A Russian passenger plane crash in Egypt was not an act of terrorism and the identities of its victims are unknown, an Egyptian appeals court ruled recently, according to the Kommersant business daily.
Metrojet Flight 9268 crashed minutes after takeoff from the Egyptian resort Sharm el-Sheikh to St. Petersburg on Oct. 31, 2015, killing all 224 people onboard. International investigators established that the Airbus A321 was downed by a bomb, though Egypt continues to claim that it was not a terror attack.
Thirty of the victims’ families sued high-level Egyptian officials at the time of the tragedy, claiming criminal negligence that allowed terrorists to bring a bomb onboard. The families also filed lawsuits against Russia’s Metrojet airline and the Ingosstrakh insurance company in Egypt’s jurisdiction.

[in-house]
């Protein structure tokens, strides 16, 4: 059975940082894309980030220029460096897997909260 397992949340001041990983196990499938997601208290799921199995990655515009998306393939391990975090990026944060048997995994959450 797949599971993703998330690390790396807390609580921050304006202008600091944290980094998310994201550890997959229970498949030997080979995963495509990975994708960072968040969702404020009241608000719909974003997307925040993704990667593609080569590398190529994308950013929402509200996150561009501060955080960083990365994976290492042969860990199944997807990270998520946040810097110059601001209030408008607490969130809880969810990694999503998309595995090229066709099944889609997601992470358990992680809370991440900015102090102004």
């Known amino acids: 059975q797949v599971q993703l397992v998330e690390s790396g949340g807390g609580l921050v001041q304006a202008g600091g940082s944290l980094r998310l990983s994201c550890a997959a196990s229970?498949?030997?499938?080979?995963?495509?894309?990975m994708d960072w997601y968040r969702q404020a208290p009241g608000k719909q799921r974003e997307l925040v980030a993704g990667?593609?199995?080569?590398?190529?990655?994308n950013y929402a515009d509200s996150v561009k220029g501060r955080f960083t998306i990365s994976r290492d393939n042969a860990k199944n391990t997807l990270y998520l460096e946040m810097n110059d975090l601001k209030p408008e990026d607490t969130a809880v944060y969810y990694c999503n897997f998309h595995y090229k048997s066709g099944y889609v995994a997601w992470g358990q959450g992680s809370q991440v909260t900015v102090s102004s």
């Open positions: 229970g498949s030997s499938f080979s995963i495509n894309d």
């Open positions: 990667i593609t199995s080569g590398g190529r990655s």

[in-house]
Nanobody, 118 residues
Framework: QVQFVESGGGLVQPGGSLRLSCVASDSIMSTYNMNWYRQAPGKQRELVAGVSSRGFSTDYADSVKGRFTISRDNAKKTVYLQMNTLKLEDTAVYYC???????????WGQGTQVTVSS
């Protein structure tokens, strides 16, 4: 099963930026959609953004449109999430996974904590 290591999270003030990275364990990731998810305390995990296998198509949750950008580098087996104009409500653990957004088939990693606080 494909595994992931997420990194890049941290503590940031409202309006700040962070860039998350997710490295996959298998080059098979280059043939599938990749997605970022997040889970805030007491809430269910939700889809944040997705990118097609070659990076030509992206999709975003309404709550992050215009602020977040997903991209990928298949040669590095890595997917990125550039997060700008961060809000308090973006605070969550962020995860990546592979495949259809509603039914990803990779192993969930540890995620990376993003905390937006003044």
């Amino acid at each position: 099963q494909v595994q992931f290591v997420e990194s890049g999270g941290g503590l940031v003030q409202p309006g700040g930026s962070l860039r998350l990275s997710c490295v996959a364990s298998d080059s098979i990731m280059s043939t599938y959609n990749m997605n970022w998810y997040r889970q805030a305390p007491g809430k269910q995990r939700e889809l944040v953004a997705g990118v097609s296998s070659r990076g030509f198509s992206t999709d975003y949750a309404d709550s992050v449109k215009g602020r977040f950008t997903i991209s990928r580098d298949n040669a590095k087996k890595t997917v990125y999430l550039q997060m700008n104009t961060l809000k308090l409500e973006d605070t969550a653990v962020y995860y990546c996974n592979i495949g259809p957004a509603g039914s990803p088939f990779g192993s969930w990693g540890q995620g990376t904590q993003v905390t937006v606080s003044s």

An appeals court in Cairo turned down the families’ lawsuit against Egypt’s then-prime minister, as well as the country’s interior, finance and aviation chiefs, Kommersant reported. The decision upheld a lower court’s 2018 ruling.
The court also struck down the lawsuit against Metrojet and Ingosstrakh, Kommersant reported, ruling that the identities of the 224 victims have not been officially established and that it's impossible to issue compensation to them as a result.
The families’ lawyer Mikhail Zagaynov called the court rulings “unethical.”
“[The defendants] are well aware that the victims were in fact onboard the plane and the insurance company has a complete list of all the victims’ relatives,” Kommersant quoted lawyer David Kukhalashvili as saying.
Zagaynov said they plan to appeal the rulings with Egypt’s supreme court.